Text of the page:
The UK’s inflation rate, as measured by Consumer Prices Index (CPI), rose to 0.1% in May, having been at -0.1% in the previous month.
April’s CPI figure was the first instance of negative inflation since 1960, but the return to a positive rate assuages any fears that the UK could face a period of deflation. Howard Archer, chief UK and European economist at IHS Global Insight, observed that negative inflation had “proved both marginal and fleeting” and said: “We doubt that deflation will recur in the UK, although it cannot be completely ruled out if oil prices take a renewed appreciable downward lurch”.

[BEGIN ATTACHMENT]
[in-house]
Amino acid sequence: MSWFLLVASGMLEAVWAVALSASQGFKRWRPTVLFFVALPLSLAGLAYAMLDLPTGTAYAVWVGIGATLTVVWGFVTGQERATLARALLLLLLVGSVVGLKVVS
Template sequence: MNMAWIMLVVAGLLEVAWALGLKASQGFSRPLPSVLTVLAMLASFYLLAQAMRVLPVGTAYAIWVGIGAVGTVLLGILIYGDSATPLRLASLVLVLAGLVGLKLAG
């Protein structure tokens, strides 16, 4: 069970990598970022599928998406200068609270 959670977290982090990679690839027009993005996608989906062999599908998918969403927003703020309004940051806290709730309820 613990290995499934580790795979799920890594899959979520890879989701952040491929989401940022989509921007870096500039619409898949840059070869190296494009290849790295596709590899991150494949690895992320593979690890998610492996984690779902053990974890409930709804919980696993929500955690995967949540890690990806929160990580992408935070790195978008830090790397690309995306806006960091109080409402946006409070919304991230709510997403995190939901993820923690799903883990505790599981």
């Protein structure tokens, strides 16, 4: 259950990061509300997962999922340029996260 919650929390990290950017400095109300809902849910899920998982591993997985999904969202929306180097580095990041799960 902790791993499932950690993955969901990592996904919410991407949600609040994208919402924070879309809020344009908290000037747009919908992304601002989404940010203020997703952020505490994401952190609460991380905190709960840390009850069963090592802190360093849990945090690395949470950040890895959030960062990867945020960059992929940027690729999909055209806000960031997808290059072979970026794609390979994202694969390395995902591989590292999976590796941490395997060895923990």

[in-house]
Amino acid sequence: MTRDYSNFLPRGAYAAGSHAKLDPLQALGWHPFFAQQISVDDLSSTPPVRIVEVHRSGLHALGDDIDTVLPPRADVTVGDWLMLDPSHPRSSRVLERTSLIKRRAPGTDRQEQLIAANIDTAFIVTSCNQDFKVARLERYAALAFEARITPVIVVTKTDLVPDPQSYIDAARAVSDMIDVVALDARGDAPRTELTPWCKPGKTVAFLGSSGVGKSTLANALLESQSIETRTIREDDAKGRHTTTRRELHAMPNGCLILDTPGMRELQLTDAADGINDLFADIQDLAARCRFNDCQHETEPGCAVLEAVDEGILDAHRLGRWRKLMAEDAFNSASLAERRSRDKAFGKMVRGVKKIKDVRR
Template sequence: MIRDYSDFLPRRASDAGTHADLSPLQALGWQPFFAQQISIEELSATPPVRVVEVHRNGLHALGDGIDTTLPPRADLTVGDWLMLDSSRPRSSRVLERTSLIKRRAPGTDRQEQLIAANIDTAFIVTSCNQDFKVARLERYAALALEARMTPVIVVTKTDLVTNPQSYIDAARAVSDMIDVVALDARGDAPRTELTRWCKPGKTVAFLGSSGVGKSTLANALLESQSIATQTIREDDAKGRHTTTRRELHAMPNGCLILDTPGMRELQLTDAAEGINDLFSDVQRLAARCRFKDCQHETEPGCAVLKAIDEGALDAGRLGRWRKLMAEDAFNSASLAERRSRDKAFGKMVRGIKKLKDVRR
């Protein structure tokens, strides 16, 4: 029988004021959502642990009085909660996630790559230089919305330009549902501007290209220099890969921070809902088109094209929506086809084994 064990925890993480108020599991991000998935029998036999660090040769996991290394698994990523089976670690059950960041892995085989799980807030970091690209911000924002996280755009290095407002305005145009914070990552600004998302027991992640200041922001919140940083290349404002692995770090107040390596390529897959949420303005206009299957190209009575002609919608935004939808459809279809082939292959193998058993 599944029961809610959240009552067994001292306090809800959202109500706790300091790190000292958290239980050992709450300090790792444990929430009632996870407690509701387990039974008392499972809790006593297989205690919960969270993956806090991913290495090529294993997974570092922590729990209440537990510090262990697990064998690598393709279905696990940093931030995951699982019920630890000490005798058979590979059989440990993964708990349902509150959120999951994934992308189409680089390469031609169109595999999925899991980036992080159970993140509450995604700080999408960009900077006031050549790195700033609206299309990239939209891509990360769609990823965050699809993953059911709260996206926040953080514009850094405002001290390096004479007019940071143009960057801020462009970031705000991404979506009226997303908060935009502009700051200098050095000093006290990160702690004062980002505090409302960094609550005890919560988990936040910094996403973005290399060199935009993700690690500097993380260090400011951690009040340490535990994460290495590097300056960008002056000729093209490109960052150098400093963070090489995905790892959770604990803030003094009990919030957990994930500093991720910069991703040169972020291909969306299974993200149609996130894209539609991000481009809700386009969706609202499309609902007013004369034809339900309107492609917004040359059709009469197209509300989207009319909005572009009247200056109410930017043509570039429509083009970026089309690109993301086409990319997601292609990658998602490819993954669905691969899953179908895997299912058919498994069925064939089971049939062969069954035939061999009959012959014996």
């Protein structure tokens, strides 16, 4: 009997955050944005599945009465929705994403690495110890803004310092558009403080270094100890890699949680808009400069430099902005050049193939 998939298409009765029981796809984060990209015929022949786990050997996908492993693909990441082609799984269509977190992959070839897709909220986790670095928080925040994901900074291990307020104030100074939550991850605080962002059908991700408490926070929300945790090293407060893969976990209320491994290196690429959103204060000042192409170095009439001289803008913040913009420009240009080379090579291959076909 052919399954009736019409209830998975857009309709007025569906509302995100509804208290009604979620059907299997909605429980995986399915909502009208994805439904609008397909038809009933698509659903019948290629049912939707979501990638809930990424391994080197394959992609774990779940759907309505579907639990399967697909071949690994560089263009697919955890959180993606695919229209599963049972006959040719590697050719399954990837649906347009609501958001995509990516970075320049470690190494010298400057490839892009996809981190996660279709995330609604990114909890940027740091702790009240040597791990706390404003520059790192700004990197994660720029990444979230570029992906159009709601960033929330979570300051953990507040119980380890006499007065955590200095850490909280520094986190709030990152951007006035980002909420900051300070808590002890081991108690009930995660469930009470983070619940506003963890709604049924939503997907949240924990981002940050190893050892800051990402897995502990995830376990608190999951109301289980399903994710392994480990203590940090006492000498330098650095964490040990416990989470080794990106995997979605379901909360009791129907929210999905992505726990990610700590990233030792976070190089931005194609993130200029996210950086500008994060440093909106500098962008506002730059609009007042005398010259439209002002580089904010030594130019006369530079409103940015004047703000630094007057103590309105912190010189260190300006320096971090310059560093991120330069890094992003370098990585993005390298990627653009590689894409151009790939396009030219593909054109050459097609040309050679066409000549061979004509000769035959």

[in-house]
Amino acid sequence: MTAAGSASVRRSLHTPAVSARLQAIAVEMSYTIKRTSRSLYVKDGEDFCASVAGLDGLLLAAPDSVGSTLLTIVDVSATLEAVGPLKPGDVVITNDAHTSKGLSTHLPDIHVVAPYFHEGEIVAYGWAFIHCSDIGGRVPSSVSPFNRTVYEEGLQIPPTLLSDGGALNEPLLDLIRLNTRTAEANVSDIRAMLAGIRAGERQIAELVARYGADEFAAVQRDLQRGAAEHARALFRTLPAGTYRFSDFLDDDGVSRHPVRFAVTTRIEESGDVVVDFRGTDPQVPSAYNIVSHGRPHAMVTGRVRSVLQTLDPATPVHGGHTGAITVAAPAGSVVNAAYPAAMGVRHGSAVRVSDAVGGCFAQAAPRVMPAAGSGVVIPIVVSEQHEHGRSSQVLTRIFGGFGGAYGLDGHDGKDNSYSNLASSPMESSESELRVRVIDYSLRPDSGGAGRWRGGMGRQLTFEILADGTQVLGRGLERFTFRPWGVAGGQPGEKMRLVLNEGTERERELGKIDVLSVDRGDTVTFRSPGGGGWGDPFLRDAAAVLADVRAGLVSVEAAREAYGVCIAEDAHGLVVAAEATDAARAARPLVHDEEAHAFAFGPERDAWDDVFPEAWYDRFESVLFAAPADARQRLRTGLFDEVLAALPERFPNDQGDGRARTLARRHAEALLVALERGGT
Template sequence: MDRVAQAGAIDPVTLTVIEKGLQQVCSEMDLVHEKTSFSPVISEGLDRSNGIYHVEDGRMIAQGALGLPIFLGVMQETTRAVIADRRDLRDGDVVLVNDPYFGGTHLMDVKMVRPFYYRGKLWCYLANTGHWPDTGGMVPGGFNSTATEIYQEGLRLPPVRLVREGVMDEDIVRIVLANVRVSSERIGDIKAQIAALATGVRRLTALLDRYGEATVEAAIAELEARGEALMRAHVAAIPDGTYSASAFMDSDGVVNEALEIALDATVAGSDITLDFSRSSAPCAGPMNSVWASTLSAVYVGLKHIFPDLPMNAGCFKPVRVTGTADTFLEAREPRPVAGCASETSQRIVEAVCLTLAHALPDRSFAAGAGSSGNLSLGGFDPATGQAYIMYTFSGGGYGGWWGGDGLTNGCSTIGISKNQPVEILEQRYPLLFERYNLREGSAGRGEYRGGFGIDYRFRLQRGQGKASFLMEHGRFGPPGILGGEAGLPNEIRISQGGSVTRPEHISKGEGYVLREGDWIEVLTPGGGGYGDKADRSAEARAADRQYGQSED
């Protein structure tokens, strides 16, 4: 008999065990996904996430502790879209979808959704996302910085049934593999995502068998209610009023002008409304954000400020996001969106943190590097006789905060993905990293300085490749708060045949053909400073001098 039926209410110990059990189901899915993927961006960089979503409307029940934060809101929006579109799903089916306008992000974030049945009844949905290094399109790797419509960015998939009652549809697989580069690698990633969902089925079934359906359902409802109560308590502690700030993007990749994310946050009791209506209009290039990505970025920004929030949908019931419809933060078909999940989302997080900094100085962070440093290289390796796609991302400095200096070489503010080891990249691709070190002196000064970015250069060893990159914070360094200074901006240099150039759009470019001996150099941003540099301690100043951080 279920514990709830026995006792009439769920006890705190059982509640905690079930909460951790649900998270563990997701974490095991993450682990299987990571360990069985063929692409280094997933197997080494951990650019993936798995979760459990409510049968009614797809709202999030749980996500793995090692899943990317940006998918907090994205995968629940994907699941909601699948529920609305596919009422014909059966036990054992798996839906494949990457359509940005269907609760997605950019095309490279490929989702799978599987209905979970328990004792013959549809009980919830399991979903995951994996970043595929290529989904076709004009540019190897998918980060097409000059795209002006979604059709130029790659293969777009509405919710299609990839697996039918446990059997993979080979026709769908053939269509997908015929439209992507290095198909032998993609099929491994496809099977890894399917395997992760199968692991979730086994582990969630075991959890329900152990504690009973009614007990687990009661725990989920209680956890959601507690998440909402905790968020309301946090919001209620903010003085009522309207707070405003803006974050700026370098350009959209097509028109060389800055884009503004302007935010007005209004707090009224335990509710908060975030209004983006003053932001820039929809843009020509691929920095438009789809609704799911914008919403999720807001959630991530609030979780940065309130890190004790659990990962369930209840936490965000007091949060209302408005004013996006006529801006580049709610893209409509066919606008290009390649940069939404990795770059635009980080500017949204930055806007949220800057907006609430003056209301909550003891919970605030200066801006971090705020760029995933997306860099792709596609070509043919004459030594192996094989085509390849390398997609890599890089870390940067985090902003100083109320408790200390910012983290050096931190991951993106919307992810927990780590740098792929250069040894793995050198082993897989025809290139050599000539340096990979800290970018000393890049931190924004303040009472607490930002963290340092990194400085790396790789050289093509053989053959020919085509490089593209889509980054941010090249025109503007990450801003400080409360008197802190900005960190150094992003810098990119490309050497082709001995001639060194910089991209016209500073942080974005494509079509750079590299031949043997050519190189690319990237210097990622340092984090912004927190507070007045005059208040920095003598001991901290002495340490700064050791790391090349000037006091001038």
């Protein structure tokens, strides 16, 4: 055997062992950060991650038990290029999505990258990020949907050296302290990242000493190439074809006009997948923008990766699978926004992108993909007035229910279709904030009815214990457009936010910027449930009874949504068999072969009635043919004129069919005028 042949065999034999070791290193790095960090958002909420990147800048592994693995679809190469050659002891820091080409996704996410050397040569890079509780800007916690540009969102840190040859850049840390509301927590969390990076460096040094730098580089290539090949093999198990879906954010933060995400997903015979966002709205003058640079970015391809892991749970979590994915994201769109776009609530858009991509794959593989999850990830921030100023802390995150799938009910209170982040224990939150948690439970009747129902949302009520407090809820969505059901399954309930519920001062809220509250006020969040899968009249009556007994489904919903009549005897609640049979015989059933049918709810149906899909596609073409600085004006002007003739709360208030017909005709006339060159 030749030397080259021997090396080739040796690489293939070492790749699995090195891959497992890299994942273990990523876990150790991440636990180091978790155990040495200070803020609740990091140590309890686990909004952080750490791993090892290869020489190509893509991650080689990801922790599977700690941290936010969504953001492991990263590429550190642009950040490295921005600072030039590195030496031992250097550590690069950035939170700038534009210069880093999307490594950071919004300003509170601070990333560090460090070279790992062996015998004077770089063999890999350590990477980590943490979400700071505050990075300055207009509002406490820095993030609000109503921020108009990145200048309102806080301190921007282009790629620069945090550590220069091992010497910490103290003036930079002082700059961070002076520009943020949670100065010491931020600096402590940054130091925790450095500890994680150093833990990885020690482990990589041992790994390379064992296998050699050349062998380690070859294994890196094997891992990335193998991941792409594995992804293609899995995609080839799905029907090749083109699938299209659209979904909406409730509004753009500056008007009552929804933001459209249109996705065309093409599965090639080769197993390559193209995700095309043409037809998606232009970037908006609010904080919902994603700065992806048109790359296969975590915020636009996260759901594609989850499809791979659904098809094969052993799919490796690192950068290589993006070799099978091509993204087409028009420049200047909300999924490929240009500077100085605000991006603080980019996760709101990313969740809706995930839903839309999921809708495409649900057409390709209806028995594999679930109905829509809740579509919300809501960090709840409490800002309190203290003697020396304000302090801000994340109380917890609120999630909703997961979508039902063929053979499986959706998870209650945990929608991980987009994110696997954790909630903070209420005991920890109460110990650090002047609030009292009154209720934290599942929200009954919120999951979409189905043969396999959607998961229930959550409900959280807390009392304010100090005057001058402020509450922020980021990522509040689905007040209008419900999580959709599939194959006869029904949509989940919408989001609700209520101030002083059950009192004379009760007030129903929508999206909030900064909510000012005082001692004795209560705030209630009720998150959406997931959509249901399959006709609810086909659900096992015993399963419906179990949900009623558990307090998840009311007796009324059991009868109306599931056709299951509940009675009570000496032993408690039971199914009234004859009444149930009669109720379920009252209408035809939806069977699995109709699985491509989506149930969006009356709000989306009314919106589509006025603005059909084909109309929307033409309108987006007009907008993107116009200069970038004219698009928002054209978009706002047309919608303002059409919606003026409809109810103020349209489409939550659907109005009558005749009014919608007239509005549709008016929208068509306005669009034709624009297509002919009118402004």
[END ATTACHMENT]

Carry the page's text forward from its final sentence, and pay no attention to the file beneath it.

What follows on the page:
The CPI rate’s fall in April and subsequent slight increase in May have both been largely attributed to air and sea travel fares.
Philip Gooding of the Office for National Statistics (ONS) said: “Last month CPI turned negative, mainly because of falling transport fares due to the timing of Easter. This month, that fall has been reversed.” He added that the falls in food and fuel costs over the past year “have eased this month, helping to push inflation up.”
The Bank of England governor Mark Carney has said that he expects inflation to remain at near-zero in the short term, and that this will help the UK economy by boosting the spending power of households.
Chancellor George Osborne said that “a powerful mix of low prices and rising wages [was] good news for working people and family budgets.” But added: “Of course the job is not done and we will continue to remain vigilant to all risks, particularly when the global economic situation is so uncertain.”